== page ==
"Who are they kidding," Casey explained to a delegate (shown above). "The common core is just that - common; dead common. Aren't our children more important than that? Utah's children deserve something better; THEY DESERVE AN UNCOMMON CORE and you may quote me on that." Casey smiled. His pearly white front teeth sparkled in the fluorescent lighting.
My arms broke out in goosebumps.
"What are your thoughts about violence in schools?" the woman in orange (above) asked Candidate Casey.
"Good question, good question......" Casey paused for a moment to let the crowd grow a bit bigger.
He cleared his throat and began. "I believe we need MORE violins in our schools, not LESS!" Casey drove the point home by slamming his right fist into his left hand. Our overemphasis on math and science has come at the expense of art and music. If I'm elected your party chair, I will insist on more violins in the schools!"
There was dead silence and a long pause as Casey took the time to look each of them in the eye.
"Thank you," his voice broke the silence. The crowed roared in approval.
I moved to Casey's side and snapped the photo above. Here is the face representing the new generation of Republicans (photoshopped and all). Here is the face of the young boy who spent much of his childhood at the Space Center. Here is the face of a great volunteer and flight director. Here is the face of someone who believes that the sky is the limit. Here is the face of the nation's future.
"What do you think of Casey Voeks?" one of Pleasant Grove's convention delegates asked me after noticing my "Vote for Casey" sticker.
I explained that I wasn't a Republican or Democrat, but a proud Independent. She patted my shoulder and told me I wasn't completely gone - as long as I hadn't drifted into the enemy camp. I told her what I knew about Casey.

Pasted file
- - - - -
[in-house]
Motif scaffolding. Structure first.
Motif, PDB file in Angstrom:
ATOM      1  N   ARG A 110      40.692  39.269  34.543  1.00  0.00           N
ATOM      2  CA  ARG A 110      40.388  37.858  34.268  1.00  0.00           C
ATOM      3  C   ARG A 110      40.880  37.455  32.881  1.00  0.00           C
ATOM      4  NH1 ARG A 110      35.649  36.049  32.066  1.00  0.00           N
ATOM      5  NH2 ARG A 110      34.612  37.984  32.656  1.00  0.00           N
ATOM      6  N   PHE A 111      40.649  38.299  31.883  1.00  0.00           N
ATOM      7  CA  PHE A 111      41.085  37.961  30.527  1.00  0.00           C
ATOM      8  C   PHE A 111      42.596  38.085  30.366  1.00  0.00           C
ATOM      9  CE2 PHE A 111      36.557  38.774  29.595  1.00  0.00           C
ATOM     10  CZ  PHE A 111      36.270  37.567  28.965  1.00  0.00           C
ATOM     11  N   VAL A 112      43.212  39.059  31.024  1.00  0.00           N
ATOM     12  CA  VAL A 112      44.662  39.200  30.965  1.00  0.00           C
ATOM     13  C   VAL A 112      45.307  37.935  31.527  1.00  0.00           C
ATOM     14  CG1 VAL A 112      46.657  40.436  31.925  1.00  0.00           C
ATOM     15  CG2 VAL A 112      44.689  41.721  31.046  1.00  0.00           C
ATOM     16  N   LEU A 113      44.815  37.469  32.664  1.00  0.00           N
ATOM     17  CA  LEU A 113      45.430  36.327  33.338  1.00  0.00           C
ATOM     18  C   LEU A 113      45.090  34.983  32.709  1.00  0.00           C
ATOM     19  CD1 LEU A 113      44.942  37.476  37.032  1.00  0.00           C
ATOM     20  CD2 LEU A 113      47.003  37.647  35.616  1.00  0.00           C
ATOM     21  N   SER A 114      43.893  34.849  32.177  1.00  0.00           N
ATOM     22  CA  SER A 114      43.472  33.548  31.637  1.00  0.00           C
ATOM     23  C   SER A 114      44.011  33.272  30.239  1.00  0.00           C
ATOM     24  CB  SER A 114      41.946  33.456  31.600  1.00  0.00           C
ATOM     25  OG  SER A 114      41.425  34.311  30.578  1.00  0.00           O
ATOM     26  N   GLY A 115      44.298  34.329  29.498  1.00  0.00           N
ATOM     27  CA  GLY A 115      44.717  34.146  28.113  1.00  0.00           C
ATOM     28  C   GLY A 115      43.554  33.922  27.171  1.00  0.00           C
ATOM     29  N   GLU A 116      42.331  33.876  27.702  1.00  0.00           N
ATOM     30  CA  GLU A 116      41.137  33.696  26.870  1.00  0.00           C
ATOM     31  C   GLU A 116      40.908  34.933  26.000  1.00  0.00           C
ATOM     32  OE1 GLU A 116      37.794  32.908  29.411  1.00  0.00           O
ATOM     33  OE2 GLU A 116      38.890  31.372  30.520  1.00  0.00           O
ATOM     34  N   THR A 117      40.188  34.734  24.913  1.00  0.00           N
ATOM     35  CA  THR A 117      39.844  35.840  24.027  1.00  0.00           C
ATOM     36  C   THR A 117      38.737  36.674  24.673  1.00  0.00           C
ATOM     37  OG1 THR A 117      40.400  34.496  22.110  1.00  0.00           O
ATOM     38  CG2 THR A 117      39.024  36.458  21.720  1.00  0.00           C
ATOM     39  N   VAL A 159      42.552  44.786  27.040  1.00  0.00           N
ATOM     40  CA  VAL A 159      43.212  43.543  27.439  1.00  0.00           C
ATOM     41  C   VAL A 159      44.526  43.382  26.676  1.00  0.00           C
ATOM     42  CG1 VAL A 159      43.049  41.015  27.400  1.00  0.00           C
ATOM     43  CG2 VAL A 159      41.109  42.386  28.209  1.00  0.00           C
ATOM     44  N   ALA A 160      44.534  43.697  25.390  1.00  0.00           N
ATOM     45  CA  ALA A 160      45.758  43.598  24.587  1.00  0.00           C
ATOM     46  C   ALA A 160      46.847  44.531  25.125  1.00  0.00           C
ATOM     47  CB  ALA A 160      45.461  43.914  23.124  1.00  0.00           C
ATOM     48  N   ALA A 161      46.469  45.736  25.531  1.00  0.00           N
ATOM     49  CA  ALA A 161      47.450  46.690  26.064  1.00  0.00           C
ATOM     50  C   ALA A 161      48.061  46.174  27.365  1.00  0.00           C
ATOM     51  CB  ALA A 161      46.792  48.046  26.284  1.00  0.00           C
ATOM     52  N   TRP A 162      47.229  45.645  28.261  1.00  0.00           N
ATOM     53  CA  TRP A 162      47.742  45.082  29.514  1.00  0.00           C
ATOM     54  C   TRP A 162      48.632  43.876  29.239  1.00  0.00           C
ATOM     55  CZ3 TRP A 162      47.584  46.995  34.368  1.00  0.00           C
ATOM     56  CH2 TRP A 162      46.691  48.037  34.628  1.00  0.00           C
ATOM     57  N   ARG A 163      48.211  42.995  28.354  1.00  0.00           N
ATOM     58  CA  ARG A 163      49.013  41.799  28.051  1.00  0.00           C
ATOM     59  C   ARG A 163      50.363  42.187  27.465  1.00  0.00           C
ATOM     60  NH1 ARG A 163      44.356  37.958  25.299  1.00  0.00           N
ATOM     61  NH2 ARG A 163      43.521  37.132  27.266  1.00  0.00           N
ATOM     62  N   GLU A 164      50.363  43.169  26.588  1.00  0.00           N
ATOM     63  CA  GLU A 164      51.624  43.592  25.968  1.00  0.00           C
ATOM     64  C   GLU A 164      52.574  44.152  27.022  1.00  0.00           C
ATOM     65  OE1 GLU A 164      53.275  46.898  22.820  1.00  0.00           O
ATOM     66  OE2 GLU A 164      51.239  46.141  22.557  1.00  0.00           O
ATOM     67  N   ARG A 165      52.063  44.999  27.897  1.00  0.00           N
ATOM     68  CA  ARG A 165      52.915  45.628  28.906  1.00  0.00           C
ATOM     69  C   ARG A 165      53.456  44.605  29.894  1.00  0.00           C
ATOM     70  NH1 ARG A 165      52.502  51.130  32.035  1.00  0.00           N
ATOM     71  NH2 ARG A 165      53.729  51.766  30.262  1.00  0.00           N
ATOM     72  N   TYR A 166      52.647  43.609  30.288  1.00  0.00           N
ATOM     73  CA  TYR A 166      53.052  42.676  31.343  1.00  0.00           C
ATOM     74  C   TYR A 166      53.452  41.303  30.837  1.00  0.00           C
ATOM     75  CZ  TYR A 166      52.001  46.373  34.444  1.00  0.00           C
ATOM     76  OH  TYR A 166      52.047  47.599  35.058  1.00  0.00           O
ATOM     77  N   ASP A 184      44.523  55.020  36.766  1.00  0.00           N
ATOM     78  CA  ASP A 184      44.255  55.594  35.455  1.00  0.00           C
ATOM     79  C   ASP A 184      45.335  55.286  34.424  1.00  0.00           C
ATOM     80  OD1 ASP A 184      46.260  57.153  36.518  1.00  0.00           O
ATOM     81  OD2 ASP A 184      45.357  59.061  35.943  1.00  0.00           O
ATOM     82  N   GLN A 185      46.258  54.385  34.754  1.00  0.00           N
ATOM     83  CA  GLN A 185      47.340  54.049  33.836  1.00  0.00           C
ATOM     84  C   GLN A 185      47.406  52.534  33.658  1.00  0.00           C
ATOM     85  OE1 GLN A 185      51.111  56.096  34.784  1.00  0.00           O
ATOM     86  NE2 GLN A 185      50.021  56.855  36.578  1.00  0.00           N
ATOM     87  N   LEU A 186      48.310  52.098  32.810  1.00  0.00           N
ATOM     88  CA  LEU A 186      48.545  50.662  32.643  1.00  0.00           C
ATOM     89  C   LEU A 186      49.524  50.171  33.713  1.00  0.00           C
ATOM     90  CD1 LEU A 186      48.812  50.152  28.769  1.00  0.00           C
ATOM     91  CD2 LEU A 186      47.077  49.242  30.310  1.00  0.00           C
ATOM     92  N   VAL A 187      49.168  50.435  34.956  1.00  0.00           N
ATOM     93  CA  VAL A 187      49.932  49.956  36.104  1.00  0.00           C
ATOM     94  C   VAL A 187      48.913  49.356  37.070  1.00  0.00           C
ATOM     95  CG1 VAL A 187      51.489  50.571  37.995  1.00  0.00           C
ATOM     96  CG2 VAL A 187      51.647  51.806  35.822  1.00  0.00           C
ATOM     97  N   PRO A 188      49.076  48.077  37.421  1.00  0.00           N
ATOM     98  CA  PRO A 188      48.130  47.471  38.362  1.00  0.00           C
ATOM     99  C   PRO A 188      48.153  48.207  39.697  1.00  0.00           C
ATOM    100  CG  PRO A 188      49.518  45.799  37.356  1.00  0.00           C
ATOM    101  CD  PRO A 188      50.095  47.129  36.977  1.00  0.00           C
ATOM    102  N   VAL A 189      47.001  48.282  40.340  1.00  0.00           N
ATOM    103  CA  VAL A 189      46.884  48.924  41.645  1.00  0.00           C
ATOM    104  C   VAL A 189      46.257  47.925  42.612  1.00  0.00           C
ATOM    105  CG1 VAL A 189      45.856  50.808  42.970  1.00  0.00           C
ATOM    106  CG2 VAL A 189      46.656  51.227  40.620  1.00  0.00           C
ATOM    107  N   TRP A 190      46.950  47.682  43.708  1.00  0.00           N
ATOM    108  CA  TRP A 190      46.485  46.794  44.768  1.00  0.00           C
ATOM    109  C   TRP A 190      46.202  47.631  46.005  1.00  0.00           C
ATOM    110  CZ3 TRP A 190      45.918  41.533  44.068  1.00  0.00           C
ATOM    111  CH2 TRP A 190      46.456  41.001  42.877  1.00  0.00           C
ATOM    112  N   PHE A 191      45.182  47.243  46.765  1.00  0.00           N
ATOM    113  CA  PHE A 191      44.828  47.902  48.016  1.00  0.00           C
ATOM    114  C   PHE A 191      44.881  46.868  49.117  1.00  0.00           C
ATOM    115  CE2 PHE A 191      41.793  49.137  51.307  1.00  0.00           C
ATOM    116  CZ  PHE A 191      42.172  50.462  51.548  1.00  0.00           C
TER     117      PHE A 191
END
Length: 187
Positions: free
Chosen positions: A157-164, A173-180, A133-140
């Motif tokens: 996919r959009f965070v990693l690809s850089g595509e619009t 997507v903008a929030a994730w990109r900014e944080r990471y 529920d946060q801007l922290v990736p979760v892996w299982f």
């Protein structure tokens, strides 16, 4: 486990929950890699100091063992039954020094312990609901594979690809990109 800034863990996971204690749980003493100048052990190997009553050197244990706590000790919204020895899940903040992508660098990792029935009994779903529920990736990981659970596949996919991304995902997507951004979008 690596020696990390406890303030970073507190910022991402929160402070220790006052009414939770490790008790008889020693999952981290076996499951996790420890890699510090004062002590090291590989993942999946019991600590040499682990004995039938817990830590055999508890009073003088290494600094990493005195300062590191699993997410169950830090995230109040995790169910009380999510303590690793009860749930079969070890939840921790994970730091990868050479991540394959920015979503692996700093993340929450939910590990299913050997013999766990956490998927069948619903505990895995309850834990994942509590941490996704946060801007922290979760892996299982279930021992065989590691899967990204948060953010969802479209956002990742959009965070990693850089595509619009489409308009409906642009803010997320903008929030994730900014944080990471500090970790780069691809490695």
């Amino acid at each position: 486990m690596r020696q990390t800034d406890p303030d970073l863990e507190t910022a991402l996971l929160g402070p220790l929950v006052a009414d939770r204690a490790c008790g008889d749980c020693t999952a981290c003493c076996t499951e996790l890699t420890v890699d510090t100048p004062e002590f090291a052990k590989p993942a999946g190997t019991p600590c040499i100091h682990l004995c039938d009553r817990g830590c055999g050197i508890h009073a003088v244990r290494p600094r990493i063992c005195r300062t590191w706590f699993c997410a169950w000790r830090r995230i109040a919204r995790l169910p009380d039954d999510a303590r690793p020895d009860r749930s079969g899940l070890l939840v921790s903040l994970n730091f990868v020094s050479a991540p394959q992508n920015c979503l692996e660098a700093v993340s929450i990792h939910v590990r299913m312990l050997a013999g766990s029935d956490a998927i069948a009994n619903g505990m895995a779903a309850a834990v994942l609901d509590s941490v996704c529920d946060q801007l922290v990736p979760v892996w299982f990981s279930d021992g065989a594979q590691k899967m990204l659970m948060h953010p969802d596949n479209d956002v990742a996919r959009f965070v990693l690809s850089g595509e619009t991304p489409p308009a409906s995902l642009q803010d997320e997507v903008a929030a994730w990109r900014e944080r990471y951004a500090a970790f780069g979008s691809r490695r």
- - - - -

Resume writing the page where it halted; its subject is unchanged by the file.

"Hummmm, well I think I'll still vote for him," she said as she walked away. I took the sticker off. I wasn't doing Casey any favors.
I found the auditorium and took a seat. Kyle Herring found me. I'm glad we sat together so he could explain the behind the scenes politicking going on around me. Casey appeared shortly thereafter and started working the congregation.
Casey zeroing in on a delegate
Case was this close to us........ this close. He pretended not to notice us. He shook hands with the gentleman in front of us, then turned to work the lower section of the auditorium.
"Casey!" I semi-shouted. He stopped, turned and smiled (not out of happiness we were there, but out of embarrassment that we had caught him ignoring us non-voting camp followers). We shook hands and he disappeared into a sea of well-wishers.
Later that morning, Casey was given 5 minutes to address the convention. It was his last chance to garner support. He spoke quickly; he had a lot to say. He voice was passionate and direct. He spoke specifics. He used well rehearsed hand and arm gestures. He was in command of the podium. He had the crowd. There wasn't a dry eye in the house when he finished. I watched as toddlers and babies were being passed over the heads of the delegates to the front podium for him to kiss. Several of the younger women in the crowd fainted, other delegates and onlookers were seen writing checks. It was amazing.
Casey had won the day. We are proud he is a part of our Space Center family.
Friends, while some of the events in this story above were exaggerated and added to make the reading of a political event more enjoyable, let me be sure you understand how amazing Casey was. He handled himself like a pro. He addressed the issues and came across as someone who could handle the job of Utah County Republican Party Chairman. Keep an eye on Casey. He has a bright future ahead of him in politics, and I'm told he never forgets a friend. So if you're not one of Casey's friends - you'd better text him right away and become one. The Casey train is leaving the station with or without you :)
Casey proves that even a back woods Lehi boy can make the ordinary, extraordinary.